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Nebraska boy gets custom-built Star Wars X-Wing fighter Halloween costume for his wheelchair

Posted: 1:04 PM, Oct 29, 2019
Updated: 2019-10-29 13:04:18-04
Nebraska boy gets custom-built Star Wars X-Wing fighter Halloween costume for his wheelchair

OMAHA, Neb. — Five-year-old Raylan Taylor will be flying high in his innovative costume this Halloween, thanks to a local non-profit.

Walkin' and Rollin' made Ryalan his own X-wing fighter — the same spacecraft flown by Poe Dameron, the best fighter in the Star Wars universe.

Jaylan's mother Jocelyn Taylor says her son was born with Joubert Syndrome, a rare genetic disorder that impacts his fine motor skills. So, to get around, Raylan uses a wheelchair, which can make costumes and trick-or-treating a difficult task.

"I think it's easy for kids and parents alike to feel a little bit restricted by what they can do for a costume, especially if they're in a wheelchair, Jocelyn Taylor said. "Having something like this makes the chair actually part of the costume."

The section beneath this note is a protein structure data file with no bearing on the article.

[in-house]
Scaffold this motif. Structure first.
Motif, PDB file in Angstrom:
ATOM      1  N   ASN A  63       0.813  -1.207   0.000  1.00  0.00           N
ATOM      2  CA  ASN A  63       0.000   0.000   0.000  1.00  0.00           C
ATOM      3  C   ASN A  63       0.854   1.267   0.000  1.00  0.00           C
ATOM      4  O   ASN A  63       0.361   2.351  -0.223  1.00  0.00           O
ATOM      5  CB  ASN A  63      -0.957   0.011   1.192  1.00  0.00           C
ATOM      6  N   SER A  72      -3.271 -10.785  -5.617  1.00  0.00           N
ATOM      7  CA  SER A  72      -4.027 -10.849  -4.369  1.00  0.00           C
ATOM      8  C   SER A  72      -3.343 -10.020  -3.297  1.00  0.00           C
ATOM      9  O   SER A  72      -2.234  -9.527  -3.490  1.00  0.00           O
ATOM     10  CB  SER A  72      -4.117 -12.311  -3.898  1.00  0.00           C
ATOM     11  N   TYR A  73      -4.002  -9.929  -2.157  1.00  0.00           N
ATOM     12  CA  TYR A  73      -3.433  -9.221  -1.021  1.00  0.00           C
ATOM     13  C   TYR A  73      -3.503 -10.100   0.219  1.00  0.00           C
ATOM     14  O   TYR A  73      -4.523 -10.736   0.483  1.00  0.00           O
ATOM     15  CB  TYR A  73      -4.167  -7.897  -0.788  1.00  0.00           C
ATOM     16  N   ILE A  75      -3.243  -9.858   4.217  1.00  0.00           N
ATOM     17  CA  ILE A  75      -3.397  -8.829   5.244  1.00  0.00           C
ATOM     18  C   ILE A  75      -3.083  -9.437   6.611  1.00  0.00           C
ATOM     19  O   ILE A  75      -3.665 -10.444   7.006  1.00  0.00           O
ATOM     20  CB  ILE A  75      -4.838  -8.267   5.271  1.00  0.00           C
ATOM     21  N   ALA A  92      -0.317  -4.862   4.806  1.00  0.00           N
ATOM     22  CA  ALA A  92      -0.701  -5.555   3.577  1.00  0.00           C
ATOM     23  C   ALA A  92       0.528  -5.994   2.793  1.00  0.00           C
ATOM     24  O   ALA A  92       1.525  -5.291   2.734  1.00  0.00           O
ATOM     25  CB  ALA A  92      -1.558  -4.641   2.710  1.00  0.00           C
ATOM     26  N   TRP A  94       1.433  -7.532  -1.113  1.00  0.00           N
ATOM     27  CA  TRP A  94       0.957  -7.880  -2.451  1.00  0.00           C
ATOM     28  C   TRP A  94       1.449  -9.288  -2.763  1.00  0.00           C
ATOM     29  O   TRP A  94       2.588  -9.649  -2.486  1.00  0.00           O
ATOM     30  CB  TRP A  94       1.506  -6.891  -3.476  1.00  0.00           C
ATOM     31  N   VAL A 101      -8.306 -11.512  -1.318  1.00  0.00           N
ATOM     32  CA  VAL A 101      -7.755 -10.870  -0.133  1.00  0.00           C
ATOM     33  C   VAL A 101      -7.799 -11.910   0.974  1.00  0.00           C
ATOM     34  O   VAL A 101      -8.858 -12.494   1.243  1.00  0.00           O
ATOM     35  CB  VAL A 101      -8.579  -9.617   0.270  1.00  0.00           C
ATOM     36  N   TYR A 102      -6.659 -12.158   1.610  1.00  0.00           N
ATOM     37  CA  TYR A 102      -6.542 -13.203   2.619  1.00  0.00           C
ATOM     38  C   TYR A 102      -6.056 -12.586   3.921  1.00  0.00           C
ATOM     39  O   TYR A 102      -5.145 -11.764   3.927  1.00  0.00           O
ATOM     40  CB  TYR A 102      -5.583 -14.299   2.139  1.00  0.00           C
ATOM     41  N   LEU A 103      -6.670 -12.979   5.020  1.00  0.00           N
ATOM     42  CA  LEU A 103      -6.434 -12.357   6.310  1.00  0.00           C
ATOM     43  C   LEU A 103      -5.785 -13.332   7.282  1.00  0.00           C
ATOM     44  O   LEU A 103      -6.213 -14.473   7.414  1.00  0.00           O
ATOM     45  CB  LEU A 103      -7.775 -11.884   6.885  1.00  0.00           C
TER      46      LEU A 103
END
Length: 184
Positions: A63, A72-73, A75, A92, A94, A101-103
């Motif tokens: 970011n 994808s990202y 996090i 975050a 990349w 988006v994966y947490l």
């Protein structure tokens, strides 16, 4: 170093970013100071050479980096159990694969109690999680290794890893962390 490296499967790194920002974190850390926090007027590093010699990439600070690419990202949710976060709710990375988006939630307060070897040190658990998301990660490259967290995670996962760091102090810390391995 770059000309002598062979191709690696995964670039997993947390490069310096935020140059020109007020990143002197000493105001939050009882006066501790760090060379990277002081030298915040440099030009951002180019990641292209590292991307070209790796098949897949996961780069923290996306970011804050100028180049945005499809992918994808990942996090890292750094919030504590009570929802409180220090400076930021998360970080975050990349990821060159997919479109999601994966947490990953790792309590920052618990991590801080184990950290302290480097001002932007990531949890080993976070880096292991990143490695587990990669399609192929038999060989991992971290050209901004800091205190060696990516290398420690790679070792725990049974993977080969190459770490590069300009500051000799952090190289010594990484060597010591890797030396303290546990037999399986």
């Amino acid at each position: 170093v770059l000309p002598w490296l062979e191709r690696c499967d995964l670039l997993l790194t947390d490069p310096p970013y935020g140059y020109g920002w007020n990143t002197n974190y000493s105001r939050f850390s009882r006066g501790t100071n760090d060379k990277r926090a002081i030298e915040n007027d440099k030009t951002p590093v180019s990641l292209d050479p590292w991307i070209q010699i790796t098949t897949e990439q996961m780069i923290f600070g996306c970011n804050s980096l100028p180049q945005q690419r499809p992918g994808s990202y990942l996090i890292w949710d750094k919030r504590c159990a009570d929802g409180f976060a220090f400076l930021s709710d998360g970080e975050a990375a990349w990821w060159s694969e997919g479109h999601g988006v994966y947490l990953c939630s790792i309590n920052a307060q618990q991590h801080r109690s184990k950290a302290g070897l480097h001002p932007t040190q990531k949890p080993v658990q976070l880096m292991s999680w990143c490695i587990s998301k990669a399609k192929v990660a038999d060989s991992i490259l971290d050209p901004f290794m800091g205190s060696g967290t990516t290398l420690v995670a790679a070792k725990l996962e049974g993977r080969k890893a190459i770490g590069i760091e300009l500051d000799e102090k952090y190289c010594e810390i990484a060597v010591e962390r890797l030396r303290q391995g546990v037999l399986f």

Walkin' and Rollin ' creates Halloween costumes for kids in walkers and wheelchairs.

Raylan's fighter jet costume took nearly 150 hours to build. He showed it off on Sunday, at Trunk or Treating, an event put on by Children's Respite Care Center (CRCC) in Omaha to knock down barriers for children with disabilities.

"If you go out on Halloween and you go to the houses, think about going up to a door. There is going to be stairs that aren't going to be accessible, there is going to be kind of that separation for the child," CRCC CEO Anne Constantino said.

Not only is Trunk or Treating removing obstacles, it's starting a conversation with a younger generation.

"It's nice. It's not like a bunch of stairs. It's just flat smooth surface,so they can come up and say trick-or-treat," Adeline Grot said. "It's not just someone getting the candy for them."

These kids say Halloween is for everyone.

They add the focus should be on eating candy and wearing a creative costume, one just like Raylan's.

The non-profit says they wish they could accept all application to build costumes, but can't until they find more volunteers.

This story was originally published by Kent Luetzen on KMTV in Omaha, Nebraska.